Manufacturing in New York: Opportunities for Growth | Trade and Industry Development

Manufacturing in New York: Opportunities for Growth

Sep 08, 2011 | By: Kenneth Adams


Nova Bus opened its 140,000 square foot plant in the Banker Road Industrial Park on June 15, 2009. Its first U.S. customer was the New York City Transit Authority for 90 LFS Articulated buses. Today, the Plattsburgh plant is a hustle and bustle of activity, proudly serving many clients. The hugely successful, world class facility is equipped to assemble the entire line of LFS vehicles.

Across the nation and in New York, manufacturing is an especially vital and dynamic sector of the economy. New York sees manufacturing playing a significant role as it shifts from its “smokestack” production to a leading center of high-tech manufacturing. The state’s educated population, research-oriented universities, geographical assets and economic incentives will further attract investment and support New York as it strives to lead the global economy.

A Manufacturing Legacy
For well over a century, starting with the opening of the Erie Canal and continuing through World War II, New York State has been a national leader in manufacturing. The jobs the industry created were a source of economic prosperity for New York’s residents and provided financial stability for the localities that played host to large manufacturing plants, such as Kodak in Rochester, General Motors and the auto industry in Buffalo, Pfizer in Brooklyn and General Electric in Schenectady.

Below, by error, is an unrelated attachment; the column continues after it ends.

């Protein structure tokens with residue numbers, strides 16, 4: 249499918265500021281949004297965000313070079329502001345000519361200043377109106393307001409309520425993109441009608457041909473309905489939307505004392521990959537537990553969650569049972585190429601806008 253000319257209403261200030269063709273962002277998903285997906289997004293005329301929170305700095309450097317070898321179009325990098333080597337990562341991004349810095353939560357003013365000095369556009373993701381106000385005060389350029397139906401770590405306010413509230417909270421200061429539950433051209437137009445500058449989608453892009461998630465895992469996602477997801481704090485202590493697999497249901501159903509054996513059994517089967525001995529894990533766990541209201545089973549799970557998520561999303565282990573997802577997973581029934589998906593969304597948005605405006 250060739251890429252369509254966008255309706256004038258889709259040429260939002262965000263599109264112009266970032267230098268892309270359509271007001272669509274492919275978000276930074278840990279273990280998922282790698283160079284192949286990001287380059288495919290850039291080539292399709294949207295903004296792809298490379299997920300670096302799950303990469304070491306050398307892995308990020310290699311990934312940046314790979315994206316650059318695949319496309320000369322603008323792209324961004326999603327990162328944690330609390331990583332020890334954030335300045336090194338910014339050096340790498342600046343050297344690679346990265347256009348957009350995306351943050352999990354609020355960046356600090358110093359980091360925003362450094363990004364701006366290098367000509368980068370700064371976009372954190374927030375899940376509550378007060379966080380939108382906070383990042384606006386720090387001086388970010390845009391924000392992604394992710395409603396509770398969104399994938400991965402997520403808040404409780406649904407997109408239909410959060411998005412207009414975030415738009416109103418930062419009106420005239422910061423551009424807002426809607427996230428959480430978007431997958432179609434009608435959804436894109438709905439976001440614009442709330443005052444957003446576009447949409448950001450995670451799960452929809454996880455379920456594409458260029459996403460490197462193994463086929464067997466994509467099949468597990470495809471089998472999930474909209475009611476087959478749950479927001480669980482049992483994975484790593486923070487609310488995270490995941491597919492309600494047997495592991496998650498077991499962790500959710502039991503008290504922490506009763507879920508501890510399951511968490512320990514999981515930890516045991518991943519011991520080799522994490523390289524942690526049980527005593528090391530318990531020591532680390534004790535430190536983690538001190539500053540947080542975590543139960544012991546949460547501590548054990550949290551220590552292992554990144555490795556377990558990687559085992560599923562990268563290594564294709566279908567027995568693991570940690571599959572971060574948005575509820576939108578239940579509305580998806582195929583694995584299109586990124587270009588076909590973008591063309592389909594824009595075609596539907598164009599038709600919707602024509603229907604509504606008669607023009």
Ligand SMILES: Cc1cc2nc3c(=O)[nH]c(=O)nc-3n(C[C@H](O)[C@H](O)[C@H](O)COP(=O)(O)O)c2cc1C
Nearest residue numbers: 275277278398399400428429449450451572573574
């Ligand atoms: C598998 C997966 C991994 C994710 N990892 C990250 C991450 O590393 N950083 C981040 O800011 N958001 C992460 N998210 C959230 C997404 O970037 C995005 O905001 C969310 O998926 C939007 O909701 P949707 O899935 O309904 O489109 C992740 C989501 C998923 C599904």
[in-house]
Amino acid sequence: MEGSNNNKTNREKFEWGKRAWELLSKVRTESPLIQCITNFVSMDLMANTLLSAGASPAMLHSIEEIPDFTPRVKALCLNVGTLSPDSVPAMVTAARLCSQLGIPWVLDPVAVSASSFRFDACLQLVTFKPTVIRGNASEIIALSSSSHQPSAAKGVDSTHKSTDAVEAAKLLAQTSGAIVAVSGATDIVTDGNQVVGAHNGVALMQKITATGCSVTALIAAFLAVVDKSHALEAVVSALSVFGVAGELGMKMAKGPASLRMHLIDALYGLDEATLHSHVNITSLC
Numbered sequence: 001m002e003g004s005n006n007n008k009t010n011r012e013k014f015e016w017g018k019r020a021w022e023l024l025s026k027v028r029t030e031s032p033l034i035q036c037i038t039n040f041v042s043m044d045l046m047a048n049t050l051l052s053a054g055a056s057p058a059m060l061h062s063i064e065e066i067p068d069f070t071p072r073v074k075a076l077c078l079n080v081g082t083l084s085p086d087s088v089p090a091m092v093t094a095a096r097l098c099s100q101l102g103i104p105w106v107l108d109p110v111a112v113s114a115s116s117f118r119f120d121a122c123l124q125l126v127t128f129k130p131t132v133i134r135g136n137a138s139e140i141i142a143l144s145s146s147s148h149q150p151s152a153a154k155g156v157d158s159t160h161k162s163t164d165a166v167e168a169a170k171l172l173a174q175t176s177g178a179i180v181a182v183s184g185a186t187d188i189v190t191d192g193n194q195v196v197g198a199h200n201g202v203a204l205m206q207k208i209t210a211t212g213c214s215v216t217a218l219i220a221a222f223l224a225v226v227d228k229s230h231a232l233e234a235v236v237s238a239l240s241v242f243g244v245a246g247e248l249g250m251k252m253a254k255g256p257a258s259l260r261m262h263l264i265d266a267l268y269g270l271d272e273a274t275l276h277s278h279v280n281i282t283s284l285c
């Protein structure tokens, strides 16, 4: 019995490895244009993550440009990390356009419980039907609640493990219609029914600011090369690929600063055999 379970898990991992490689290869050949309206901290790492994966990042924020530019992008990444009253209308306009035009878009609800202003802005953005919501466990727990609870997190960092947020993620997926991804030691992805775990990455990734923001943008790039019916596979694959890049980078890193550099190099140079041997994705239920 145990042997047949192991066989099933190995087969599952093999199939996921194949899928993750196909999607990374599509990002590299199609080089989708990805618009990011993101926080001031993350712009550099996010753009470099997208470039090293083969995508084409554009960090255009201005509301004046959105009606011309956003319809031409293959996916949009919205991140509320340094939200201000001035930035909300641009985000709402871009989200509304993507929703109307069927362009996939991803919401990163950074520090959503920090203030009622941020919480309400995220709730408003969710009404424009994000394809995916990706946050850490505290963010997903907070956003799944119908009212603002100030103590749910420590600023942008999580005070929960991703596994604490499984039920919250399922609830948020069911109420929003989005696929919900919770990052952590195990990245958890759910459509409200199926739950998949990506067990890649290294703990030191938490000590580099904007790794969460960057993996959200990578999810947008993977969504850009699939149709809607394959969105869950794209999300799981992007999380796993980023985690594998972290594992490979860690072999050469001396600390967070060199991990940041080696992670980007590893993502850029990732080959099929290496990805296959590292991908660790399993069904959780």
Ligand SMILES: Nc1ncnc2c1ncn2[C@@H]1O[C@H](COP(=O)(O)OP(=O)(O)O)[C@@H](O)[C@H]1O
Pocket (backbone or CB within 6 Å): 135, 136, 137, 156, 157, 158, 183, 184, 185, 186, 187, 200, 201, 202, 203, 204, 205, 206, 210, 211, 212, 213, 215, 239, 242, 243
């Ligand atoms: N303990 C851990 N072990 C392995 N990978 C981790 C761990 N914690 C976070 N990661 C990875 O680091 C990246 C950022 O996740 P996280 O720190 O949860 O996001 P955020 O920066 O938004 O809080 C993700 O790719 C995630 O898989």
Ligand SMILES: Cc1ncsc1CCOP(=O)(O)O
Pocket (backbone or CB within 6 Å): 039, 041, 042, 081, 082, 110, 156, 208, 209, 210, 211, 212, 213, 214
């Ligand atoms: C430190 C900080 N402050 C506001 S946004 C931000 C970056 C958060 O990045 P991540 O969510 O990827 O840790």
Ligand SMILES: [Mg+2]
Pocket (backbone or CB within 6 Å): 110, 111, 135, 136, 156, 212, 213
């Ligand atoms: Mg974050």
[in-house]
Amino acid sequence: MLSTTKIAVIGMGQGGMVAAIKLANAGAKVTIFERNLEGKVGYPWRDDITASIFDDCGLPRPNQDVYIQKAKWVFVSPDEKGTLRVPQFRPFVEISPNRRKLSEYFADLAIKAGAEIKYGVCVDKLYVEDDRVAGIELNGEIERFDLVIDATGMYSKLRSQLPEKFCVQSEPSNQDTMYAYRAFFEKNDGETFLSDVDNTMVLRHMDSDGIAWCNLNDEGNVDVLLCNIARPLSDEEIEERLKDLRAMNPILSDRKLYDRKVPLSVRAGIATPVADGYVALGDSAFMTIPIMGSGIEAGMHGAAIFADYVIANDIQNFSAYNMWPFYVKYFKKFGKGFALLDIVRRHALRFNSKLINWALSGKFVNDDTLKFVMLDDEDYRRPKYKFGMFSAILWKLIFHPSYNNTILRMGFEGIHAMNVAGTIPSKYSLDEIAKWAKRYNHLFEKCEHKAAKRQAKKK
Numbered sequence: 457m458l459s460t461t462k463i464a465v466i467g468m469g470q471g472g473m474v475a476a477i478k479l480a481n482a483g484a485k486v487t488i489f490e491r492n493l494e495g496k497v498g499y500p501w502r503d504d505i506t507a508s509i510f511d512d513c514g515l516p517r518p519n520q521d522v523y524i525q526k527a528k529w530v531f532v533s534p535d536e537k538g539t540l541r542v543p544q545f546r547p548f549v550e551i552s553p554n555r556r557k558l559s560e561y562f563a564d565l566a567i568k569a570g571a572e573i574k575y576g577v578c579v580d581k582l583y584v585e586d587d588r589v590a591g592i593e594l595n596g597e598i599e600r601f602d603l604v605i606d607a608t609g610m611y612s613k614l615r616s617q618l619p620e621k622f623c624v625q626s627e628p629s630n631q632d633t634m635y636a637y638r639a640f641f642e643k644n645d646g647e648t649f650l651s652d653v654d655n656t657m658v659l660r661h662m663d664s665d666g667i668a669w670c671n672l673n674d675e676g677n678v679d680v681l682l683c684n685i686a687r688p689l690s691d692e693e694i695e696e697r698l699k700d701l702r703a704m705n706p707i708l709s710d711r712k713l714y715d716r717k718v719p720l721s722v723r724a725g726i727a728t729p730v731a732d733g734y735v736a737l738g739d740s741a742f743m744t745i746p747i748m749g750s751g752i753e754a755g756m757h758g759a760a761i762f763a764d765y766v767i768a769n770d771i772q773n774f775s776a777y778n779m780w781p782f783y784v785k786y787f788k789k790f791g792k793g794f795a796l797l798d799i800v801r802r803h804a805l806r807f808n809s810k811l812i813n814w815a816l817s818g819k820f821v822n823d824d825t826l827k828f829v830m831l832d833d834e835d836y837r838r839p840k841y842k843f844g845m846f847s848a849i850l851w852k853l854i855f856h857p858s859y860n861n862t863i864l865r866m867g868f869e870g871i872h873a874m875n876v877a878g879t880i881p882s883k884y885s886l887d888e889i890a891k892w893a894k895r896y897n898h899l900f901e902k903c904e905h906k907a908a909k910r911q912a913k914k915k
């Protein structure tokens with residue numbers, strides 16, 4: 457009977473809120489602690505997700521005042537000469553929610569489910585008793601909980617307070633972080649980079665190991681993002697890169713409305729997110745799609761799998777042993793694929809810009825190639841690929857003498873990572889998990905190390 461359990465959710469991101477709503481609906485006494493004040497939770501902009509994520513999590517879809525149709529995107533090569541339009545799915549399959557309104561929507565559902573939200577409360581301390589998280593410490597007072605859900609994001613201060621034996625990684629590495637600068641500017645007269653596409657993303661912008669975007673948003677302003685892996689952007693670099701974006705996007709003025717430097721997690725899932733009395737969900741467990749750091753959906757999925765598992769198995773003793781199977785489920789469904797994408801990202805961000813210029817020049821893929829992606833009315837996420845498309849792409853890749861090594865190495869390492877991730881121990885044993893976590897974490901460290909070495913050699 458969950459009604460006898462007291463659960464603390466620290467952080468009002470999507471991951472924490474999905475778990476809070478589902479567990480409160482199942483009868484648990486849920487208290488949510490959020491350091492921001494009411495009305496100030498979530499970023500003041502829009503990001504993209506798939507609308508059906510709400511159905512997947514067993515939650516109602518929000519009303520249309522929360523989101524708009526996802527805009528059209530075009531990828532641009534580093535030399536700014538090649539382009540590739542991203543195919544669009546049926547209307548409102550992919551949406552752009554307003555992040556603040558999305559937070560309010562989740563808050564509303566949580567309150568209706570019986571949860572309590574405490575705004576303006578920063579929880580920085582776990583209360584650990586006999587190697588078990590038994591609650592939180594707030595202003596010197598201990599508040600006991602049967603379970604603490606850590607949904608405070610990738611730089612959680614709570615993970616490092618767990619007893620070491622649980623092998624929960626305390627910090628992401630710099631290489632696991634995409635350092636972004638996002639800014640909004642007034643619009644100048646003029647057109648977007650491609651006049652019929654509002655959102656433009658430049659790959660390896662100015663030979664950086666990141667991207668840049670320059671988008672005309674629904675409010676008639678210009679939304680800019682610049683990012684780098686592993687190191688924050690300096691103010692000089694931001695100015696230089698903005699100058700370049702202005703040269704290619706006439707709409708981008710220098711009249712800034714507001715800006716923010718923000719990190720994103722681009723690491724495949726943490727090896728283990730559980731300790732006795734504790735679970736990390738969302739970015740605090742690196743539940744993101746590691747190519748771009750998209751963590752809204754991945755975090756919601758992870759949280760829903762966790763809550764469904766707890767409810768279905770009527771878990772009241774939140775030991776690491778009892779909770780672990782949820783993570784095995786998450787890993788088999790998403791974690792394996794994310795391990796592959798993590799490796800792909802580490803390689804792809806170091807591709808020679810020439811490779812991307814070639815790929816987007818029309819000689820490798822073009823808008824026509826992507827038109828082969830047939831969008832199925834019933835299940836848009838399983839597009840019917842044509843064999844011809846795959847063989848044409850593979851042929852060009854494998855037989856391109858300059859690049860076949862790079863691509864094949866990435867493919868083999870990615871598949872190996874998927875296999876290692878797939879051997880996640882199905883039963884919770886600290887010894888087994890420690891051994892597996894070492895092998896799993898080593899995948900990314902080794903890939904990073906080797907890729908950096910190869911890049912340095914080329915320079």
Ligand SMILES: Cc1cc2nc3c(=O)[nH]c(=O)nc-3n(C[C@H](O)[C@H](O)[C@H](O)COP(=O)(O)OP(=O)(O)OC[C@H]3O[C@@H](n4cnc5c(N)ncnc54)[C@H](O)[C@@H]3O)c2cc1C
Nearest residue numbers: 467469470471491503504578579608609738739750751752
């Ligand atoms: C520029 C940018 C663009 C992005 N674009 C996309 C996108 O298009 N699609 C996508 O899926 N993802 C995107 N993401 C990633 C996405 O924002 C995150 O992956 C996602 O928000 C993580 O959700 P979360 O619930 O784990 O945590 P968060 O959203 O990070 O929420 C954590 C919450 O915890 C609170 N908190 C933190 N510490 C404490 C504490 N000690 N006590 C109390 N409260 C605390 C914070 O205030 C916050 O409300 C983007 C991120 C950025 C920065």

However, mirroring a nationwide trend, New York has been losing manufacturing jobs over the past decades. Still, New York State remains a leader in the industry ranked sixth in overall manufacturing employment in 2009, according to the U.S. Bureau of Labor Statistics, and the overall value of manufacturing in New York far outpaces the majority of states.

The state has a supply of well-educated, highly skilled workers and has begun to invest in skilled manufacturing areas, retaining the research, development and more advanced manufacturing jobs of otherwise declining industries. The remaining manufacturing base contains unique opportunities that demonstrate the potential for economic growth in the state.

Manufacturing Sectors
New York State manufacturers today are a diverse unit, producing food and beverages, textiles, apparel and accessories, wood and paper products, auto and aviation products, pharmaceuticals, plastics, specialty metals, computers, building materials, fixtures and more. New York is also still home to leaders in many manufacturing sectors—among them medical devices, energy systems and specialty glass and ceramics.